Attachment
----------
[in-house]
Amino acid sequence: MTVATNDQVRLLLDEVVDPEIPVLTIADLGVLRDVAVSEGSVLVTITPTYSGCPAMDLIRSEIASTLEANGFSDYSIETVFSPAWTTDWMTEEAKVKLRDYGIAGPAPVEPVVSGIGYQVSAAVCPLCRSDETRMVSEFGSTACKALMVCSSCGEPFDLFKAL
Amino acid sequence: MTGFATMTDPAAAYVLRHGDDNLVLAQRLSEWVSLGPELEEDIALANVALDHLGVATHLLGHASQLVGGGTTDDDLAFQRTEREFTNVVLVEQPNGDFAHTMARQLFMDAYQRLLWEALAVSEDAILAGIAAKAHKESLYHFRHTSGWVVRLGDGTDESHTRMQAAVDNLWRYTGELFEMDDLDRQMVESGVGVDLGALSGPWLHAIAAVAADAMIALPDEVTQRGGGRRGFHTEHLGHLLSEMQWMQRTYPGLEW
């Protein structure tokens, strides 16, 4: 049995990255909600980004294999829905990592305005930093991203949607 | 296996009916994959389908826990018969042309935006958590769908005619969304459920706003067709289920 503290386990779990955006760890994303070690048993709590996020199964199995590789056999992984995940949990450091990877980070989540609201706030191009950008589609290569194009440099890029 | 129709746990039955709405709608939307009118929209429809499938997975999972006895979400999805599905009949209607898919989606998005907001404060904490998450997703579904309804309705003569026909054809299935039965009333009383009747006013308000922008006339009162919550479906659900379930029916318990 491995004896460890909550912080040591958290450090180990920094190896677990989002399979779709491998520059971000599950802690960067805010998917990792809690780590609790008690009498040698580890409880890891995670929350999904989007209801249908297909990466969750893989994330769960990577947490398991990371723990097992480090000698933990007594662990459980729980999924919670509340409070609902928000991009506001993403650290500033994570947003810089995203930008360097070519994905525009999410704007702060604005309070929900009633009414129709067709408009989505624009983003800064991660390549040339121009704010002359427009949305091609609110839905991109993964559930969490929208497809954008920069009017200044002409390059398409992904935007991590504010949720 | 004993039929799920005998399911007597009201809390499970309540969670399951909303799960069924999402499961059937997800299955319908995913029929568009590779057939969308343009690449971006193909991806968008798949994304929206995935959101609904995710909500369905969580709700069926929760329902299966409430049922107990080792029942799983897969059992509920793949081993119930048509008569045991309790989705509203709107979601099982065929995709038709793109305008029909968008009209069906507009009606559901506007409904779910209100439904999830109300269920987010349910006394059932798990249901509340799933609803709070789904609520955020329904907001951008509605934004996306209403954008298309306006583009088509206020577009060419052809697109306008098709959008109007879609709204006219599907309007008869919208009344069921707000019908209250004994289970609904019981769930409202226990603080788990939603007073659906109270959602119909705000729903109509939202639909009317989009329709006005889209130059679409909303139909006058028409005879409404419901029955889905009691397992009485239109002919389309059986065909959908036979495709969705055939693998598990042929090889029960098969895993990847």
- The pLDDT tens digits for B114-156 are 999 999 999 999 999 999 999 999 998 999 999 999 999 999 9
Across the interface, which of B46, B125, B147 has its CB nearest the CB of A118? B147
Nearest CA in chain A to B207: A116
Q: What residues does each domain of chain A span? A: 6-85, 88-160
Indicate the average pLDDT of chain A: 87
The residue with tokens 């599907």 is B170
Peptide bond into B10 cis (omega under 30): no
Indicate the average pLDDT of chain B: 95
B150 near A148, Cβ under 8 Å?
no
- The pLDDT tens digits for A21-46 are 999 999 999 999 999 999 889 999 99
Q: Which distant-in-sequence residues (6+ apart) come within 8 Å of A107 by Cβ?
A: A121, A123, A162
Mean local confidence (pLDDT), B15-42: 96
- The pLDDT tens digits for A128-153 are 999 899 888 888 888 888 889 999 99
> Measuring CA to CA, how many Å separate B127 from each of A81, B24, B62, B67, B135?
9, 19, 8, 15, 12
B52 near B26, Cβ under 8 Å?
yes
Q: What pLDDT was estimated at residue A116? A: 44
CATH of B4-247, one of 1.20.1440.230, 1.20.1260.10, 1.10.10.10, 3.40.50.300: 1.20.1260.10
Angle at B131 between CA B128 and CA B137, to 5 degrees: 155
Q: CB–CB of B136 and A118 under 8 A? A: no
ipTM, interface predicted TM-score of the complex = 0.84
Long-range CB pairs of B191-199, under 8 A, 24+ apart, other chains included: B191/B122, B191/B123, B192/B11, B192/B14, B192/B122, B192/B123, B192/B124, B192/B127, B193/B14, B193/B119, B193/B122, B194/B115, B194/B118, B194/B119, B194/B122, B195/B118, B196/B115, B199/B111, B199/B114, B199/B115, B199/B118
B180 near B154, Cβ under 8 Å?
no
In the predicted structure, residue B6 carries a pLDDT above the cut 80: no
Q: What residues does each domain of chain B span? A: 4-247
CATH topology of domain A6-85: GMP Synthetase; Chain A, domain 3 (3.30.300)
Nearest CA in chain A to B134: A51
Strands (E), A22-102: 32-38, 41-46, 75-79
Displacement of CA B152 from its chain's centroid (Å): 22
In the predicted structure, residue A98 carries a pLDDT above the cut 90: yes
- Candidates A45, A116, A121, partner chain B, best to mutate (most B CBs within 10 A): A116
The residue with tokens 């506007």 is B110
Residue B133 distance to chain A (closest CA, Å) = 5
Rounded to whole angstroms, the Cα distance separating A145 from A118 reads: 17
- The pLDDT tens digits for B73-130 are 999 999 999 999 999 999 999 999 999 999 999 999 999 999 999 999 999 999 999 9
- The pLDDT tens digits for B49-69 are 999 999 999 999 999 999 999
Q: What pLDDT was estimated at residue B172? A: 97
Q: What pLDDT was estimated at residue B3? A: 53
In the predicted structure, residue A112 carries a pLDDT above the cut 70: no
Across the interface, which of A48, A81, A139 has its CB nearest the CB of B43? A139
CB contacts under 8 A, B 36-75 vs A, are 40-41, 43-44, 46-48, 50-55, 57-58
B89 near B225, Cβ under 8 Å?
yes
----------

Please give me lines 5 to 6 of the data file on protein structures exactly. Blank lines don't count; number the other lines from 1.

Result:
- The pLDDT tens digits for B114-156 are 999 999 999 999 999 999 999 999 998 999 999 999 999 999 9
Across the interface, which of B46, B125, B147 has its CB nearest the CB of A118? B147